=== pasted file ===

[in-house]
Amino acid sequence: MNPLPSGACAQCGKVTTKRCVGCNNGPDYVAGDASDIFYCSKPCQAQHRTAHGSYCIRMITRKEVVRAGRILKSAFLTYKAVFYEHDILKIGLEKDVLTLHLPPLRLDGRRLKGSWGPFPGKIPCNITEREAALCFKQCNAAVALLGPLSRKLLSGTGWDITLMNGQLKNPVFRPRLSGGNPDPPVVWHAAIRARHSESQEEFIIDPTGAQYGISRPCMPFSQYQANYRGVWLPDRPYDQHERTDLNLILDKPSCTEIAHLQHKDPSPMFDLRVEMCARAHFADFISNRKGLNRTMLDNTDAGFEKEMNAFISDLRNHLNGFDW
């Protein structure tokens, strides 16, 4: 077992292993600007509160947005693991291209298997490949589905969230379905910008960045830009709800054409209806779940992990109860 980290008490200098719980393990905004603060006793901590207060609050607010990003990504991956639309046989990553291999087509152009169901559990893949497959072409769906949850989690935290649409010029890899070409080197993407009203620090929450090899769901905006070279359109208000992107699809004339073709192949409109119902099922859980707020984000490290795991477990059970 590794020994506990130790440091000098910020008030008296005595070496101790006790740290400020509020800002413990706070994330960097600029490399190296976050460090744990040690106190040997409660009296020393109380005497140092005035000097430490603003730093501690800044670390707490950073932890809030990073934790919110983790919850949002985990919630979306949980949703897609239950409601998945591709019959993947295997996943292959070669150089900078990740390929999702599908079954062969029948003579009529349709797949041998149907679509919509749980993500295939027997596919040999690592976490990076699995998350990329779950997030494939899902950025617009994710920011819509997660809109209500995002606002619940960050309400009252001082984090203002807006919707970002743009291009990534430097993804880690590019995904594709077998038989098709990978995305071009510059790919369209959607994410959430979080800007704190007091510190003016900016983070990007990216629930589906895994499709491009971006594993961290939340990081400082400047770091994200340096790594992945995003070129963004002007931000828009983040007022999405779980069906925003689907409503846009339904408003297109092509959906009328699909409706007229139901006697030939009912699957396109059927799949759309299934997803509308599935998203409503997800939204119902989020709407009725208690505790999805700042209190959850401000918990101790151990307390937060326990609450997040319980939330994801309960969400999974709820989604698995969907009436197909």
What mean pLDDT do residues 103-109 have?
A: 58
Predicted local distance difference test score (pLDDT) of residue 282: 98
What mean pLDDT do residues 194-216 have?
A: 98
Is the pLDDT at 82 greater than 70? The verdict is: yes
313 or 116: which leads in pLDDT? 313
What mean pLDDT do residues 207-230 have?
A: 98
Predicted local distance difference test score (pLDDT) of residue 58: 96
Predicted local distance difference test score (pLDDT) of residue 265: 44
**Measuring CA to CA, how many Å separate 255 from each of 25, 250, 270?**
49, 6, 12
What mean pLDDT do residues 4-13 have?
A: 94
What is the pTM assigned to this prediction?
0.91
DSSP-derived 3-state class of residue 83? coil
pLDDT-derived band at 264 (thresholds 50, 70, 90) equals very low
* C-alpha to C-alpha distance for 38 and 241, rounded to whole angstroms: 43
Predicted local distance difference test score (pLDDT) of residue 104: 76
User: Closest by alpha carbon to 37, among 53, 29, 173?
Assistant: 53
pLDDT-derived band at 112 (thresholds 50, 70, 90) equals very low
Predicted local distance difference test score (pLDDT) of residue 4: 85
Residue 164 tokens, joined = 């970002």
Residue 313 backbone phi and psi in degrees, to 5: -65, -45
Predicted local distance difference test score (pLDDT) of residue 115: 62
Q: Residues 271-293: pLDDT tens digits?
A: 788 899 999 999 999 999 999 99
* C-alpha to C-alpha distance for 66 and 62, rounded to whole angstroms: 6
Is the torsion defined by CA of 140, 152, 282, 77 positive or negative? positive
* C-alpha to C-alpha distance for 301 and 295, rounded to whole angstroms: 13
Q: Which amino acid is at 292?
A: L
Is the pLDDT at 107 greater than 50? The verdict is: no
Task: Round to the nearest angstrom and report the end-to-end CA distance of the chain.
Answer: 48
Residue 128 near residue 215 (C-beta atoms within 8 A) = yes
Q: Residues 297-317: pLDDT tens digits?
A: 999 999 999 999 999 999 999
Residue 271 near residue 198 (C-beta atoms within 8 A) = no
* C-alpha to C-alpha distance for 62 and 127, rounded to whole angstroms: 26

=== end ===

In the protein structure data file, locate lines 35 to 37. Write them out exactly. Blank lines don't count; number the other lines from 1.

Is the torsion defined by CA of 140, 152, 282, 77 positive or negative? positive
* C-alpha to C-alpha distance for 301 and 295, rounded to whole angstroms: 13
Q: Which amino acid is at 292?